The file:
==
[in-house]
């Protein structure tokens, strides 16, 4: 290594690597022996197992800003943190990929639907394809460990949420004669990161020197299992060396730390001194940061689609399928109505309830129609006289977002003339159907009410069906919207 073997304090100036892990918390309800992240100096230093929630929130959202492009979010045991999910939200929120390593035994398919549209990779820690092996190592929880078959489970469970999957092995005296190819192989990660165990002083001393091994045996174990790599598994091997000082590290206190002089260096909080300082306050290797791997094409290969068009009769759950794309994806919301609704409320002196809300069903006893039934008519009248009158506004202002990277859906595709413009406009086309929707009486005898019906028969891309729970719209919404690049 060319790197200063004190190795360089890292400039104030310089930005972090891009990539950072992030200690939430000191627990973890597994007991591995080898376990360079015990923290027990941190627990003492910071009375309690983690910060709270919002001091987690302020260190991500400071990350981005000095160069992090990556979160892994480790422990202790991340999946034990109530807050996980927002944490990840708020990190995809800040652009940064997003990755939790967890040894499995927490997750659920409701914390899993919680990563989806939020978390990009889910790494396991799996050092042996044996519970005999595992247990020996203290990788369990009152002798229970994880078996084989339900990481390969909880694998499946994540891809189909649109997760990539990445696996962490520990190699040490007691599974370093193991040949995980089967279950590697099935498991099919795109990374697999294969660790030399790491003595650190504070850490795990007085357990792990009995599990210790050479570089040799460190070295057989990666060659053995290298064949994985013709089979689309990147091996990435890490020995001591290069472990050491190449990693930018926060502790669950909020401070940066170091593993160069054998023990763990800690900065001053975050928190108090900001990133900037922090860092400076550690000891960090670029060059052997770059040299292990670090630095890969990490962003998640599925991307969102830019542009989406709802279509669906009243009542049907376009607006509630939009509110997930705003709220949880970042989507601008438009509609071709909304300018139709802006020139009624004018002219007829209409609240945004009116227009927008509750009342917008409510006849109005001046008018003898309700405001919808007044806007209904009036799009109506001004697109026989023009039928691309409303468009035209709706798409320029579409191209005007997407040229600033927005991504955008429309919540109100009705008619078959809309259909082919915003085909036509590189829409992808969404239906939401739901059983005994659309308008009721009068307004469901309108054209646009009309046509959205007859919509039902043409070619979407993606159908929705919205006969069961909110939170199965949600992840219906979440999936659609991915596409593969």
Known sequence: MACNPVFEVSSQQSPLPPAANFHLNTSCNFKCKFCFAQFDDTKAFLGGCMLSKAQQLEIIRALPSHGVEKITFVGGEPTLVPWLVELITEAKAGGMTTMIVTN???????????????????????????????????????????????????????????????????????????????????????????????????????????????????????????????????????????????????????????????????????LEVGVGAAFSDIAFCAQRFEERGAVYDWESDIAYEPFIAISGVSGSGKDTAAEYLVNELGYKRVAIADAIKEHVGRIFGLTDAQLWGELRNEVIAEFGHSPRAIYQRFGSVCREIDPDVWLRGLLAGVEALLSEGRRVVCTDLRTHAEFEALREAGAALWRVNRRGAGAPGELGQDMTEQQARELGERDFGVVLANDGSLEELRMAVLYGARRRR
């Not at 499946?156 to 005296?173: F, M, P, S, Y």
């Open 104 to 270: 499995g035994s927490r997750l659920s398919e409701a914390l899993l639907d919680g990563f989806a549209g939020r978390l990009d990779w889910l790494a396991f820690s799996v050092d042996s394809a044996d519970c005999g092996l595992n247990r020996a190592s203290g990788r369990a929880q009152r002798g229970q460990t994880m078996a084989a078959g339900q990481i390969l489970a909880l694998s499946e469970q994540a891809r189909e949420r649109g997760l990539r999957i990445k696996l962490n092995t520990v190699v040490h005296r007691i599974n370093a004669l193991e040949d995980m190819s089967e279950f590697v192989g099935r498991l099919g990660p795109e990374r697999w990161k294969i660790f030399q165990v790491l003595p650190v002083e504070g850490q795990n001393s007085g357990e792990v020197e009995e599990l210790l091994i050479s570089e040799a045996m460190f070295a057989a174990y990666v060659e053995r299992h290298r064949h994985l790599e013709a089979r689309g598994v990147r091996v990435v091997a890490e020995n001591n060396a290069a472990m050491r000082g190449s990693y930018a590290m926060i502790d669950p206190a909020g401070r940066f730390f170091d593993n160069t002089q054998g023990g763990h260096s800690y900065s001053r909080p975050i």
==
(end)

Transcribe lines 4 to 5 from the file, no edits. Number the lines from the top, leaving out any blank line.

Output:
């Not at 499946?156 to 005296?173: F, M, P, S, Y």
């Open 104 to 270: 499995g035994s927490r997750l659920s398919e409701a914390l899993l639907d919680g990563f989806a549209g939020r978390l990009d990779w889910l790494a396991f820690s799996v050092d042996s394809a044996d519970c005999g092996l595992n247990r020996a190592s203290g990788r369990a929880q009152r002798g229970q460990t994880m078996a084989a078959g339900q990481i390969l489970a909880l694998s499946e469970q994540a891809r189909e949420r649109g997760l990539r999957i990445k696996l962490n092995t520990v190699v040490h005296r007691i599974n370093a004669l193991e040949d995980m190819s089967e279950f590697v192989g099935r498991l099919g990660p795109e990374r697999w990161k294969i660790f030399q165990v790491l003595p650190v002083e504070g850490q795990n001393s007085g357990e792990v020197e009995e599990l210790l091994i050479s570089e040799a045996m460190f070295a057989a174990y990666v060659e053995r299992h290298r064949h994985l790599e013709a089979r689309g598994v990147r091996v990435v091997a890490e020995n001591n060396a290069a472990m050491r000082g190449s990693y930018a590290m926060i502790d669950p206190a909020g401070r940066f730390f170091d593993n160069t002089q054998g023990g763990h260096s800690y900065s001053r909080p975050i």